It’s only as he finishes his breakfast (waffles with maple syrup and fresh berries) that Ethan asks the question I’ve been waiting for:
‘Why are we staying at this hotel?’
As a travel writer’s child, my eight-year-old has got very used to spending the night away from home. In his short life, he’s helped me to assess and review everything from the swanky Savoy in London to campsites in France, farm-stays and youth hostels. But today is unusual even by our standards – the hotel we’re staying at is in our home city, Manchester.
I remind Ethan that my job entails finding great places to tell other families about. But as I do, it strikes me that spending the night in a hotel within striking distance of your own home is really just an exaggerated version of the ‘staycation’ and might not be such a silly idea as it sounds. For those who live in the suburbs, for instance, staying ‘in town’ can make all the difference to a day or evening out – though we’re just 8km outside central Manchester, at busy times the bus in or out can take up to an hour, and taxis are fiendishly expensive. We make repeated ‘day-trips’ in to see the sights or to shop but never feel that we get time to see everything we want to, or we rue that it always has to be a rush-job.
What’s more, with fierce competition between hotels, spending a night or two at a hotel not so far from home might be a more affordable treat than you’d imagined. At some hotels, you can now sometimes get a free room on certain nights if you book a table in the restaurant, while super-hot deals can often be bagged on Sunday nights when occupancy is low – keep an eye on websites and play around with dates and you might be agreeably surprised (especially if you have an inset day that falls on a Monday).
Staying at Manchester’s Lowry Hotel on the Sunday night beginning half-term meant we could head into the city to sightsee then check in with time to relax before drinks and dinner, obviating the need to rush home to shop, cook and all that domestic jazz, before exploring again the following morning. The boys were given a very warm reception by the staff, who chatted to them and made them feel special by asking them to fill in their own registration forms stating their likes and dislikes, and giving them vouchers for free ‘mocktails’ in the bar and a hotel quiz-trail that would net them a little prize at check-out. Our large, bright and airy interconnecting rooms bore goodies including a big box of DVDs, a painted toy chest full of books and games, mini bathrobes and slippers, and kids’ toiletries (the hotel emails you a few days in advance to ask what amenities, both practical and in terms of entertainment, your kids need or desire).
Both the boys and I were worn out from a long afternoon at the Imperial War Museum North – my eight- and six-year-old are impressed by guns and tanks but not yet able to get their heads round the seriousness of war and the impact it has on lives, and it was hard-going trying to talk to them about it and keep an eye on my two-year-old. Most of the of the hands-on gizmos were a little old for them, too, while the half-term activities on offer in the Learning Studio felt a bit lacklustre. The highpoint was the café, where the kids were able to create their own ‘ration bags’ from items including hardboiled eggs, fruit and cheese, play table football, and complete war-themed puzzles as wartime music spilled from a jukebox.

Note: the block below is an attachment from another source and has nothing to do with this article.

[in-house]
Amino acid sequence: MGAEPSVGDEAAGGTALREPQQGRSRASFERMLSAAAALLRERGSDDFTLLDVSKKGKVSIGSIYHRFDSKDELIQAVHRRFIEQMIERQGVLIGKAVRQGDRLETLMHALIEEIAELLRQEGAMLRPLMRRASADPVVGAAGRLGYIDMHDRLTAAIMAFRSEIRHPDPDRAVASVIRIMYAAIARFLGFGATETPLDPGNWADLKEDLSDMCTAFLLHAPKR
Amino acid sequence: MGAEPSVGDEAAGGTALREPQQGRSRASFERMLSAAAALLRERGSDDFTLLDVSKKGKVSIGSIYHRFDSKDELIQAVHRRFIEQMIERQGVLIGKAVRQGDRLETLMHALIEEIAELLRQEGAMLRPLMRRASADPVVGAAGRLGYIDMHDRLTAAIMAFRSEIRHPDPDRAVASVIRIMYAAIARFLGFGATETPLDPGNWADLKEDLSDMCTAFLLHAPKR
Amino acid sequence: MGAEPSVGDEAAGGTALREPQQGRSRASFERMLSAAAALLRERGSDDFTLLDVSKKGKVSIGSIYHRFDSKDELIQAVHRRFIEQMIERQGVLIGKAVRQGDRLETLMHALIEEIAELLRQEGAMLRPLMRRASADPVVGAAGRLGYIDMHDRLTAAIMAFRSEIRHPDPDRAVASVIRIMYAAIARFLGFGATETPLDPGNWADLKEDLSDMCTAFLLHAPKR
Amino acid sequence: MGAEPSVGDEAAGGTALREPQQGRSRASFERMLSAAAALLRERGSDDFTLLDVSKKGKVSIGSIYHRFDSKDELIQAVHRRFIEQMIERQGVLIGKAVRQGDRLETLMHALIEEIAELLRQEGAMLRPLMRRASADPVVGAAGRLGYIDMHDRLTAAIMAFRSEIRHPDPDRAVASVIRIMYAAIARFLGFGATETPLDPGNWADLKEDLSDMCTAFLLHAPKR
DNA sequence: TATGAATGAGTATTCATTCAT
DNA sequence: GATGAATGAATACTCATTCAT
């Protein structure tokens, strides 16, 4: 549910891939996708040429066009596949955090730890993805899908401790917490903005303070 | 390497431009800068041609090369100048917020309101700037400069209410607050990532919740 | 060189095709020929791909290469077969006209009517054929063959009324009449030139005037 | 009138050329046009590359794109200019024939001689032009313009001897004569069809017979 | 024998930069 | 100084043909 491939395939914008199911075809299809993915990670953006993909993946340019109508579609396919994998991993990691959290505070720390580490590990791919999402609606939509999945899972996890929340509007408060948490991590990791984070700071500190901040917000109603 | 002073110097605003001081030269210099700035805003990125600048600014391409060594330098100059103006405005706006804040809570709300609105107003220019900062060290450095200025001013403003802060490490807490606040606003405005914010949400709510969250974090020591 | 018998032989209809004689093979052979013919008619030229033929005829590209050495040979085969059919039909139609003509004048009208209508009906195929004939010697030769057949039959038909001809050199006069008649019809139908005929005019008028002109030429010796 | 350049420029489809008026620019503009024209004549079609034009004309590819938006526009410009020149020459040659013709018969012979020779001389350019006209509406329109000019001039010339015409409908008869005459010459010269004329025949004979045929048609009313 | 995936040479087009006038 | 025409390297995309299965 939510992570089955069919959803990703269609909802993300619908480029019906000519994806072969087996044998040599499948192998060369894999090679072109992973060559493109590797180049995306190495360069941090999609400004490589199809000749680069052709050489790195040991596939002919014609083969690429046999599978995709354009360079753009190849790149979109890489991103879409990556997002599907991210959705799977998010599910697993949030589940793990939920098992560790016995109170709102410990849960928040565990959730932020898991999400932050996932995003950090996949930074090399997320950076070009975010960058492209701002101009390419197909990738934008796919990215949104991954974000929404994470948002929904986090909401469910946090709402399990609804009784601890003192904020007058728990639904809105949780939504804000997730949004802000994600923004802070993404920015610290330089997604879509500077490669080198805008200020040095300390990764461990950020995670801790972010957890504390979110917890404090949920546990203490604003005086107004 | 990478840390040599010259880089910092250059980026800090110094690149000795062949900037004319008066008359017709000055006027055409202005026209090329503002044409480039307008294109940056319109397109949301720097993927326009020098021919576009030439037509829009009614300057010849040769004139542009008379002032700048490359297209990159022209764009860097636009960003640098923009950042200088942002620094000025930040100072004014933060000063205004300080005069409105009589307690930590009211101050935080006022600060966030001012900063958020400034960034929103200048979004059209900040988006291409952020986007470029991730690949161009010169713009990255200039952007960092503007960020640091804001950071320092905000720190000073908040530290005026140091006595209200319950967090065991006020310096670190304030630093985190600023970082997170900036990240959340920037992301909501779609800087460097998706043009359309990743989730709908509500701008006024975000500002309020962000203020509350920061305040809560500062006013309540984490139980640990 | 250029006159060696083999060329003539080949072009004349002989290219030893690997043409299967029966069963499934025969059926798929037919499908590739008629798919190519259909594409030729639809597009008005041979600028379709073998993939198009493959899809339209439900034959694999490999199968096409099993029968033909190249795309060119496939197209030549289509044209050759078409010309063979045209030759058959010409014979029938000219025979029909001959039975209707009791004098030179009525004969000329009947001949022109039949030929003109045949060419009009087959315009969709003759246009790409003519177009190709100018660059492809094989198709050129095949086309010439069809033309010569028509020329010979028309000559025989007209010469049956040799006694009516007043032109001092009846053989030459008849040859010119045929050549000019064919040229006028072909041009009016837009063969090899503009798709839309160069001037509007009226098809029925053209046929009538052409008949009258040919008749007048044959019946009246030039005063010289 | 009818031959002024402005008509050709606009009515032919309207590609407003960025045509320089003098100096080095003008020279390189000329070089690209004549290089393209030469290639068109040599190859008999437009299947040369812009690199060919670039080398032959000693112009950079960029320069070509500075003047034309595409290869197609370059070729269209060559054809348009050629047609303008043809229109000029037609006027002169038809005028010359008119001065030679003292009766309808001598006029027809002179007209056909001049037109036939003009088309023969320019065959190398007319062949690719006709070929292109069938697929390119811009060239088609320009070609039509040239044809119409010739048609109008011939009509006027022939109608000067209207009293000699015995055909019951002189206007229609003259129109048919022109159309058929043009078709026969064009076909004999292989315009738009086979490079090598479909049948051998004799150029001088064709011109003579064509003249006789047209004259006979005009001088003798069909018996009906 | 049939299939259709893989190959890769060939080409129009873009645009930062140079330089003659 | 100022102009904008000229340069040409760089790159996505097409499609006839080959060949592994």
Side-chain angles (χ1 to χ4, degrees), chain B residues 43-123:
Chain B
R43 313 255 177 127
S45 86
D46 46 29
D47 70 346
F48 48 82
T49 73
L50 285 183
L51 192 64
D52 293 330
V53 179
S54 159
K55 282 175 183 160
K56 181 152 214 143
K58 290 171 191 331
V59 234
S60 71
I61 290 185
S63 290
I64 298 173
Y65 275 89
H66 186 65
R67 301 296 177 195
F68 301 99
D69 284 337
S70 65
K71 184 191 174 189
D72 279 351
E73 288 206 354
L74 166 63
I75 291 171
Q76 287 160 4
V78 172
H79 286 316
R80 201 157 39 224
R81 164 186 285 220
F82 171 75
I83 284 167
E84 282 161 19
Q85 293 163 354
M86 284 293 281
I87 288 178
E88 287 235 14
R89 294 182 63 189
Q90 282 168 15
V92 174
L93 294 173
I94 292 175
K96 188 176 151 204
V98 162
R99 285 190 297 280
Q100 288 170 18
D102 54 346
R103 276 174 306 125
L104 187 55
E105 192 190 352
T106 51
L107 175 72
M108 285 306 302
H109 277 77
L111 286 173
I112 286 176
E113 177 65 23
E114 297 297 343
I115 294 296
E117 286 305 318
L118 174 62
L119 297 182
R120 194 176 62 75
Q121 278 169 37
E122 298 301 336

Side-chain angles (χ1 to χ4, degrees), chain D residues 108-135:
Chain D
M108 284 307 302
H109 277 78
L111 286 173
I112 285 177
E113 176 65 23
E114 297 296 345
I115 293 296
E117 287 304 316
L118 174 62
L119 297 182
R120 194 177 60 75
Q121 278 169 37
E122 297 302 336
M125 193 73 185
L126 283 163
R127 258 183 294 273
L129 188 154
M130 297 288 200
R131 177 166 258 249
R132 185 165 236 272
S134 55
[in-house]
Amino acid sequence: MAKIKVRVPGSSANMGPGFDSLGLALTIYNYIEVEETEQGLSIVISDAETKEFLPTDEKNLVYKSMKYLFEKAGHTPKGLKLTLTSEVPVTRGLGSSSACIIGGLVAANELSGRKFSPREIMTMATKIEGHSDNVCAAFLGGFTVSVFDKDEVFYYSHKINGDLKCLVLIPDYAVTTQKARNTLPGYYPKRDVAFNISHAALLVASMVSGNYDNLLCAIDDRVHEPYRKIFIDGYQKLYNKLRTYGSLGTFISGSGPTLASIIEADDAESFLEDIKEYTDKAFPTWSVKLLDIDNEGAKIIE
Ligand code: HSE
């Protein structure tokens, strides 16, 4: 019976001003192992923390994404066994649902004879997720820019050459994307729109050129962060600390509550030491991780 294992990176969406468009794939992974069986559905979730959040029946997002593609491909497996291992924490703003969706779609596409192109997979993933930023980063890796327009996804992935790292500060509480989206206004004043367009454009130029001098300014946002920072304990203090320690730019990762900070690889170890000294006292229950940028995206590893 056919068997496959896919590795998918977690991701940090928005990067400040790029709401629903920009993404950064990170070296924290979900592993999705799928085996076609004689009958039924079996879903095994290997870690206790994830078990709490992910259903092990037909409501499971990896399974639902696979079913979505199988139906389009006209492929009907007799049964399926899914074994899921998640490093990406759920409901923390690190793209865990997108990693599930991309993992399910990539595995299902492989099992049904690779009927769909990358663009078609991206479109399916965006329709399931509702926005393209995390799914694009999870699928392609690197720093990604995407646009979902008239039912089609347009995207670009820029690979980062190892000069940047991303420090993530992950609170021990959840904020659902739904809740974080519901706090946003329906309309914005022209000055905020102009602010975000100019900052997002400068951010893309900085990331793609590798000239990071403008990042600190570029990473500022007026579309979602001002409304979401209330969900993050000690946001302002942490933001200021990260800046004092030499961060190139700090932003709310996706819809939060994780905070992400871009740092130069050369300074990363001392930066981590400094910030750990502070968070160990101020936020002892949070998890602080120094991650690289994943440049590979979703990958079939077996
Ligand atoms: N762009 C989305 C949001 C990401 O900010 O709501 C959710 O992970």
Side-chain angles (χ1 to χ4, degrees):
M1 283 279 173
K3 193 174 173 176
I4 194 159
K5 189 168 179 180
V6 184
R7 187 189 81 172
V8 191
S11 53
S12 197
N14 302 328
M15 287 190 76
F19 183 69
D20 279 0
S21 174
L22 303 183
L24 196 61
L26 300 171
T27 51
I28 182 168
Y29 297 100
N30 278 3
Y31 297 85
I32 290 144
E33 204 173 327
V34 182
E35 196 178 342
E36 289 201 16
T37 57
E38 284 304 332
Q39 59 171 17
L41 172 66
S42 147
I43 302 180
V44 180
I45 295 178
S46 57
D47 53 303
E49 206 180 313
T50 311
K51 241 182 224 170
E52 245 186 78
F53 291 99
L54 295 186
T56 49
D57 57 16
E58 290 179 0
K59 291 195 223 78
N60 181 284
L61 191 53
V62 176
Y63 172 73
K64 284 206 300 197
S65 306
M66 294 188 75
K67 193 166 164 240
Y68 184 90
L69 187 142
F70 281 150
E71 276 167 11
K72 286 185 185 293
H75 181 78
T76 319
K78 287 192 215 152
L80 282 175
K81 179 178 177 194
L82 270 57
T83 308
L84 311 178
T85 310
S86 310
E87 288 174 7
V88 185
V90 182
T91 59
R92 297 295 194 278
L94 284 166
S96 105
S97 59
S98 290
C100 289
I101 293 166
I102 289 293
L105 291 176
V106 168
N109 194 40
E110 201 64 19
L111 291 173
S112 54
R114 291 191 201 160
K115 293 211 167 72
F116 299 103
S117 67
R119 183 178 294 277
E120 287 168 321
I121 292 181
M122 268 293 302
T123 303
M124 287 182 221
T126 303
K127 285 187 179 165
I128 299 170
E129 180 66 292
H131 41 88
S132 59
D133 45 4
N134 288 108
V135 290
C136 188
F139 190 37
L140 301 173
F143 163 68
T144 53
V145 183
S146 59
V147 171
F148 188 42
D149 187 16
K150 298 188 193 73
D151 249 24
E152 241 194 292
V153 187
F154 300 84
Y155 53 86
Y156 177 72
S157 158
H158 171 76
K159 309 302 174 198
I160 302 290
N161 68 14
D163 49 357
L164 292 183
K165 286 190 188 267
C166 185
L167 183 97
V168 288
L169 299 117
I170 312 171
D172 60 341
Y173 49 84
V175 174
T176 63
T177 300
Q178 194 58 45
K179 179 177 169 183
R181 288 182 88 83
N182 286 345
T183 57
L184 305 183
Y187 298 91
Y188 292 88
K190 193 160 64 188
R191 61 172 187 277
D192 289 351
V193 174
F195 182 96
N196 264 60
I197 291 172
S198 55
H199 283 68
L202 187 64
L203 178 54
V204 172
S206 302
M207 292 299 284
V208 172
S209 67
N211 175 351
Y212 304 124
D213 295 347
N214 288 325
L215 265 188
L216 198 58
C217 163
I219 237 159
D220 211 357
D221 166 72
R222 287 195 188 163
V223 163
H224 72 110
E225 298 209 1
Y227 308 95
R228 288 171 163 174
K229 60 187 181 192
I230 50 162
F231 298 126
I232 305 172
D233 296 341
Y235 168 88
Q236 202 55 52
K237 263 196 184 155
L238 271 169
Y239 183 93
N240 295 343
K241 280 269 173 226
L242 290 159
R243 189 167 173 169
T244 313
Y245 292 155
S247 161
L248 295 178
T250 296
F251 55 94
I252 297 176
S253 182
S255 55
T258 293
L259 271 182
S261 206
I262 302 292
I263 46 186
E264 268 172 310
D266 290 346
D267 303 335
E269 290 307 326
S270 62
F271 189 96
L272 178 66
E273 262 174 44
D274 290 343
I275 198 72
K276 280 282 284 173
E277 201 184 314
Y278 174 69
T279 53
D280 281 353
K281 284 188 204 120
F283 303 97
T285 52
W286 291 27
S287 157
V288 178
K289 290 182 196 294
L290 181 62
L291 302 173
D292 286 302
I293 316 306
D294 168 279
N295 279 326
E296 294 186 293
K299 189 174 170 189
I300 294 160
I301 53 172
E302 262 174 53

With more museum-visiting on the agenda for the following day, staying at the Lowry enabled us to recharge our batteries. It seemed rude not to enjoy a couple of cocktails in the bar as the kids slurped their mocktails, before dinner at the hotel’s fabulous Riverside Restaurant with its great views over the Irwell, crossed by Santiago Calatrava’s modern Trinity Bridge. And again, the kids were made to feel very welcome, with colouring materials and a very good under-16s menu including melon and strawberries, home-made fish fingers, and apple crumble with custard. Slow-ish service was made up for by excellent food including, for adults, cured salmon, oyster and citrus-marinated scallops, and Welsh saltmarsh lamb with rosti potato, aubergine flan and sweetbreads.
The next morning, I took advantage of the children being enthralled with their games and DVDs to leave them in the care of my husband and nip down to the spa for an hour’s recuperative lounging in the sauna. Hence, by the time my husband headed home to start work, we were all feeling refreshed and sprightly for the short walk through uncharacteristic Mancunian sunshine to the Museum of Science and Industry, the city’s biggest and best museum. It being half-term and also the Manchester Science Festival at the time of this visit, there were oodles of special events rivalling for our attention – some were booked up by the time we arrived, but we enjoyed an aeronautics workshop, a birds-of-prey demonstration and an RSPB activity pitting kids against animals in terms of physical prowess. My middle son, meanwhile, was delighted to have at last reached a height when he is able to ride the Morphis motion simulator.
With so much to do on the day, we left still not having exhausted the museum’s pleasures, meaning there’s always something to go back for. Of course, we won’t always be in a position to stay at a five-star hotel when we do so, but our Manchester overnighter has given me a taste for what you might call an extreme mini-break. Having once, incredibly, stayed in London with my kids for just £19 a night (during a Travelodge sale), I’ll be looking out for ways to take short breaks in Manchester and around whether it’s in the form of slash-and-burn deals or a night at a local family-friendly youth hostel.
Read more about things to do, places to eat and family-friendly places to stay in Manchester.